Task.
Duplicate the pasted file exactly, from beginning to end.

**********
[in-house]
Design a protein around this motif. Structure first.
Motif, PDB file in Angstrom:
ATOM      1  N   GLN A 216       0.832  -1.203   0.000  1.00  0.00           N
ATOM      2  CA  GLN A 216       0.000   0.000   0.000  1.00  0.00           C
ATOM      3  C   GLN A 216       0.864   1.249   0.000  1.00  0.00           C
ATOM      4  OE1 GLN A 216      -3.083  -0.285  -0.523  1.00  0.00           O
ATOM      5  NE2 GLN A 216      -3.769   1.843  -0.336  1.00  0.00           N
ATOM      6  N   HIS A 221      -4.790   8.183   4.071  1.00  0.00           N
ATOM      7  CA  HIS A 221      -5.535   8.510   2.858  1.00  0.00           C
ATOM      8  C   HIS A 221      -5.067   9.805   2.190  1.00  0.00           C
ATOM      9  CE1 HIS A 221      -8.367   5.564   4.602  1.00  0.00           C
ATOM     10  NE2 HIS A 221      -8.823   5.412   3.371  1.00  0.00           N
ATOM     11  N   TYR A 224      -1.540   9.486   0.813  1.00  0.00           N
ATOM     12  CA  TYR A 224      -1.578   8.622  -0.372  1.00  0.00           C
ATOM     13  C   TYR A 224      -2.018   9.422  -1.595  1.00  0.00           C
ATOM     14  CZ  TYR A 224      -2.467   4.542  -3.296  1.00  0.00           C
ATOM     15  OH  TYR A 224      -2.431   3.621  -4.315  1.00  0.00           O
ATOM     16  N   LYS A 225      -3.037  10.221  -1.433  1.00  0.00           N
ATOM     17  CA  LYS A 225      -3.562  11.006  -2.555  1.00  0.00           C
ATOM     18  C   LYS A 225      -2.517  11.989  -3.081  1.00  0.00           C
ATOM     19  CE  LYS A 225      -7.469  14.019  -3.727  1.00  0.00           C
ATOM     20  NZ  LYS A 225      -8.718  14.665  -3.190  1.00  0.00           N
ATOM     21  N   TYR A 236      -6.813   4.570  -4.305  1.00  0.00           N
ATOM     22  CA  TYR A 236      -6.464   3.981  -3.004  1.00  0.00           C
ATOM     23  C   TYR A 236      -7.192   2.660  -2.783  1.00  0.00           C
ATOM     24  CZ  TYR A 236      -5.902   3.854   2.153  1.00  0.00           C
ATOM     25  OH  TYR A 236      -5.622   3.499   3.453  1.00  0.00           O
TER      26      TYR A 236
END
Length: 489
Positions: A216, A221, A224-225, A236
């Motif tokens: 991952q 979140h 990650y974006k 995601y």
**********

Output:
[in-house]
Design a protein around this motif. Structure first.
Motif, PDB file in Angstrom:
ATOM      1  N   GLN A 216       0.832  -1.203   0.000  1.00  0.00           N
ATOM      2  CA  GLN A 216       0.000   0.000   0.000  1.00  0.00           C
ATOM      3  C   GLN A 216       0.864   1.249   0.000  1.00  0.00           C
ATOM      4  OE1 GLN A 216      -3.083  -0.285  -0.523  1.00  0.00           O
ATOM      5  NE2 GLN A 216      -3.769   1.843  -0.336  1.00  0.00           N
ATOM      6  N   HIS A 221      -4.790   8.183   4.071  1.00  0.00           N
ATOM      7  CA  HIS A 221      -5.535   8.510   2.858  1.00  0.00           C
ATOM      8  C   HIS A 221      -5.067   9.805   2.190  1.00  0.00           C
ATOM      9  CE1 HIS A 221      -8.367   5.564   4.602  1.00  0.00           C
ATOM     10  NE2 HIS A 221      -8.823   5.412   3.371  1.00  0.00           N
ATOM     11  N   TYR A 224      -1.540   9.486   0.813  1.00  0.00           N
ATOM     12  CA  TYR A 224      -1.578   8.622  -0.372  1.00  0.00           C
ATOM     13  C   TYR A 224      -2.018   9.422  -1.595  1.00  0.00           C
ATOM     14  CZ  TYR A 224      -2.467   4.542  -3.296  1.00  0.00           C
ATOM     15  OH  TYR A 224      -2.431   3.621  -4.315  1.00  0.00           O
ATOM     16  N   LYS A 225      -3.037  10.221  -1.433  1.00  0.00           N
ATOM     17  CA  LYS A 225      -3.562  11.006  -2.555  1.00  0.00           C
ATOM     18  C   LYS A 225      -2.517  11.989  -3.081  1.00  0.00           C
ATOM     19  CE  LYS A 225      -7.469  14.019  -3.727  1.00  0.00           C
ATOM     20  NZ  LYS A 225      -8.718  14.665  -3.190  1.00  0.00           N
ATOM     21  N   TYR A 236      -6.813   4.570  -4.305  1.00  0.00           N
ATOM     22  CA  TYR A 236      -6.464   3.981  -3.004  1.00  0.00           C
ATOM     23  C   TYR A 236      -7.192   2.660  -2.783  1.00  0.00           C
ATOM     24  CZ  TYR A 236      -5.902   3.854   2.153  1.00  0.00           C
ATOM     25  OH  TYR A 236      -5.622   3.499   3.453  1.00  0.00           O
TER      26      TYR A 236
END
Length: 489
Positions: A216, A221, A224-225, A236
């Motif tokens: 991952q 979140h 990650y974006k 995601y």